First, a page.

Short-wave infrared (SWIR) light is generally defined as light in the wavelength range of 0.9–1.7µm, but can also be classified as 0.7–2.5µm. Since silicon sensors have an upper limit of about 1.0µm, SWIR imaging requires unique optics as well as electronics capable of operating in a specific SWIR range. Indium gallium arsenide (InGaAs) sensors are the primary sensors used in SWIR imaging, covering the typical SWIR range but can be as low as 550nm and as high as 2.5µm. While linear line scan InGaAs sensors are commercially available, area scan InGaAs sensors are generally ITAR limited.
ITAR, International Treaty and Arms Regulations, enforced by the Government of the United States of America. ITAR restricted products must comply with strict import and export regulations before they can be manufactured and/or sold in or outside the United States. However, lenses such as SWIR can be used in many commercial applications with the proper license.
Why use SWIR?
Unlike mid-wave infrared (MWIR) and long-wave infrared (LWIR) light, which is emitted from the object itself, short-wave infrared is similar to visible light in that photons are reflected or absorbed by the object, providing the strong contrast needed for high contrast. resolution imaging. Ambient starlight and background radiation (Luminous) are natural emitters of SWIR and provide excellent illumination for outdoor nighttime imaging.
Lenses designed, optimized, and coated for the SWIR wavelength range must be used. Using lenses designed for the visible spectrum results in lower image resolution and higher optical aberrations. Since SWIR wavelengths pass through the glass, lenses, and other optical components (filters, windows, etc.) designed for SWIR can be fabricated using the same technology as visible light components, reducing manufacturing costs and allowing the use of protective windows and filters within a system.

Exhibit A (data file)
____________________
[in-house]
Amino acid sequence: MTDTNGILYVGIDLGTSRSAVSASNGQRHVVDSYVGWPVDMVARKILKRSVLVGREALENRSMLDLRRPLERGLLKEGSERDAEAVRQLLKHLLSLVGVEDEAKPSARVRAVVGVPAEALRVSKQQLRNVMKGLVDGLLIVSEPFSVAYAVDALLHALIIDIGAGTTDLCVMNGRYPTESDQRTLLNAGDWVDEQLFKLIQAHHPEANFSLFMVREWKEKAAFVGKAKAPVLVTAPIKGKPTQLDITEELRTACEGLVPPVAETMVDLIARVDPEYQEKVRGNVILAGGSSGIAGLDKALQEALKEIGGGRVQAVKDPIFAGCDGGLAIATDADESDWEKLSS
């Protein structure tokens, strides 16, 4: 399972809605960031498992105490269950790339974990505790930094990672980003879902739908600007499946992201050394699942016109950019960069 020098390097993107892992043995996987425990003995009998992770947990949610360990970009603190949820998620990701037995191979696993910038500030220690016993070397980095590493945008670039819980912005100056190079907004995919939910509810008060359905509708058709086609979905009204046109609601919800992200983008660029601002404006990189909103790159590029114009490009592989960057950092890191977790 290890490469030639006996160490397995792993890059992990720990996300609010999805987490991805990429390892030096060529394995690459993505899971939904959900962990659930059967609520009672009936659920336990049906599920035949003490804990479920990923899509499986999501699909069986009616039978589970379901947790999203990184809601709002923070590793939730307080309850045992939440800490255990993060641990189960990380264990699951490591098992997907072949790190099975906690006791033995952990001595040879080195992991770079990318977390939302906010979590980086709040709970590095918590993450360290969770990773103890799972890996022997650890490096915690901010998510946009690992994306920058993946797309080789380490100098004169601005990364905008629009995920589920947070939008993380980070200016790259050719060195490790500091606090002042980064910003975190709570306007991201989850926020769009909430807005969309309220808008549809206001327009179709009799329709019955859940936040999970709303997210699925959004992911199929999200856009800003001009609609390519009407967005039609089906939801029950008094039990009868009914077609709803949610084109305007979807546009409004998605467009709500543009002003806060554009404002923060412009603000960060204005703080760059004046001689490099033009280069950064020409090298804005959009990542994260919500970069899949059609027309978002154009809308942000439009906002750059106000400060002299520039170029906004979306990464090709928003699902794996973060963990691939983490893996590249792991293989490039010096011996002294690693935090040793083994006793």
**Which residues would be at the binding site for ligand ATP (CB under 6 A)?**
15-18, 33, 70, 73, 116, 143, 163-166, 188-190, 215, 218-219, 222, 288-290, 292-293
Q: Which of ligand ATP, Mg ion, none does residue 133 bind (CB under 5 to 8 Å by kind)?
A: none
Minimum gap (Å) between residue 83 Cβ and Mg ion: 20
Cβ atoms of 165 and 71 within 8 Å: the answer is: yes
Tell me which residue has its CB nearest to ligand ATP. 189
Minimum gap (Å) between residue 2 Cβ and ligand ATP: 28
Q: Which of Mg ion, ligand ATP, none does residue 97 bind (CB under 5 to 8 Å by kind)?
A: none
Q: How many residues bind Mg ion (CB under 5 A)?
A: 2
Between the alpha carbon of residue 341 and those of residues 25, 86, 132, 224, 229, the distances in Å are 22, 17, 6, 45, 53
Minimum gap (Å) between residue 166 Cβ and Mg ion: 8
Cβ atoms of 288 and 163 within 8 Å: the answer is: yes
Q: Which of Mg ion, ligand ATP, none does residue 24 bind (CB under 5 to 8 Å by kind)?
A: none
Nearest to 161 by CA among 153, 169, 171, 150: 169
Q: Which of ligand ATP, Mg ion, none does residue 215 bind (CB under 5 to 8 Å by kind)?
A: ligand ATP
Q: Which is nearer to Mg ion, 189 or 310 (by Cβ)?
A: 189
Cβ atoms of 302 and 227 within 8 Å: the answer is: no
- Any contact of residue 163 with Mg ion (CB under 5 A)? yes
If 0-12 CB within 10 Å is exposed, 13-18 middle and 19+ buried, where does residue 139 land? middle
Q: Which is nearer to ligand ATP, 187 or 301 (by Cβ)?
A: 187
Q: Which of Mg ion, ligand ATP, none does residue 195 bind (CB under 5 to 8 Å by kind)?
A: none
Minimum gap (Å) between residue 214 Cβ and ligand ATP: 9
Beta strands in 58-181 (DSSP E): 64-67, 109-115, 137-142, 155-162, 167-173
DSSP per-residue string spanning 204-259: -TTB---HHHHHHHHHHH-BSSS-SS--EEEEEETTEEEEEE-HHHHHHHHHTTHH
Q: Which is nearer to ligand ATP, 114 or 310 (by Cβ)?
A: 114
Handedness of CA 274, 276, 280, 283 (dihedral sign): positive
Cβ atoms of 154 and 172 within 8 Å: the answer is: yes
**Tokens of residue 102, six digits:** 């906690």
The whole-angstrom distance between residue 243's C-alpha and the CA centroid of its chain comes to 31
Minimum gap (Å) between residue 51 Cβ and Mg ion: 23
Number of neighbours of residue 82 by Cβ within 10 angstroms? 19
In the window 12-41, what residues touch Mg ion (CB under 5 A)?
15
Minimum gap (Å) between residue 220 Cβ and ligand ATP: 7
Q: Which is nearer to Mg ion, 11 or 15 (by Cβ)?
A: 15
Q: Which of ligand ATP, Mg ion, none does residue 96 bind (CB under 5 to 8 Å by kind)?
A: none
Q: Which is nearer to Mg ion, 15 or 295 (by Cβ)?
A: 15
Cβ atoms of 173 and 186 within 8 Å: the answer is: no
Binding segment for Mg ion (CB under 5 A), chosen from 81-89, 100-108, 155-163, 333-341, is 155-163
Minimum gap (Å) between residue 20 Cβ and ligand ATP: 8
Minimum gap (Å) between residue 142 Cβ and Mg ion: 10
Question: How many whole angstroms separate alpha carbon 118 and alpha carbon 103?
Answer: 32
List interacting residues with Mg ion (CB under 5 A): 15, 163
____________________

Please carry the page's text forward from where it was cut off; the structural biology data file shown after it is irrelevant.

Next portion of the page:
Using SWIR enables a large number of applications that are difficult or impossible to perform using visible light. Water vapor, fog, and certain materials such as silicon are transparent when imaged in SWIR. Also, using SWIR it is easy to distinguish colors that appear nearly identical in visible light.
Applications of short-wave infrared cameras
SWIR infrared cameras are used in a variety of applications including electronic board inspection, solar cell inspection, product inspection, identification and classification, surveillance, anti-counterfeiting, process quality control, and more. To understand the benefits of SWIR infrared imaging, consider some visual examples of common everyday products that use visible light and SWIR imaging.
Shortwave Infrared (SWIR) defines a specific wavelength range within which optical and electronic components are designed and coated. SWIR imaging has many advantages over visible light when used for inspection, sorting, surveillance, quality control, and many other applications. It is important to select components designed, optimized, and coated for the SWIR wavelength range to ensure the highest resolution and lowest aberrations. If you are planning to purchase a SWIR imaging camera, please contact us.
JAVOL is a professional custom infrared camera core manufacturer, which can design, develop and manufacture advanced imaging technology products and system solutions based on low-light night vision technology, infrared thermal imaging technology, short-wave infrared technology, and multi-spectral fusion technology. In the future, we will continue to develop new solutions, enrich different models and functions that can be satisfied in different application scenarios, enhance artificial intelligence and image enhancement algorithms, so as to provide our valued customers with humanized products and applications.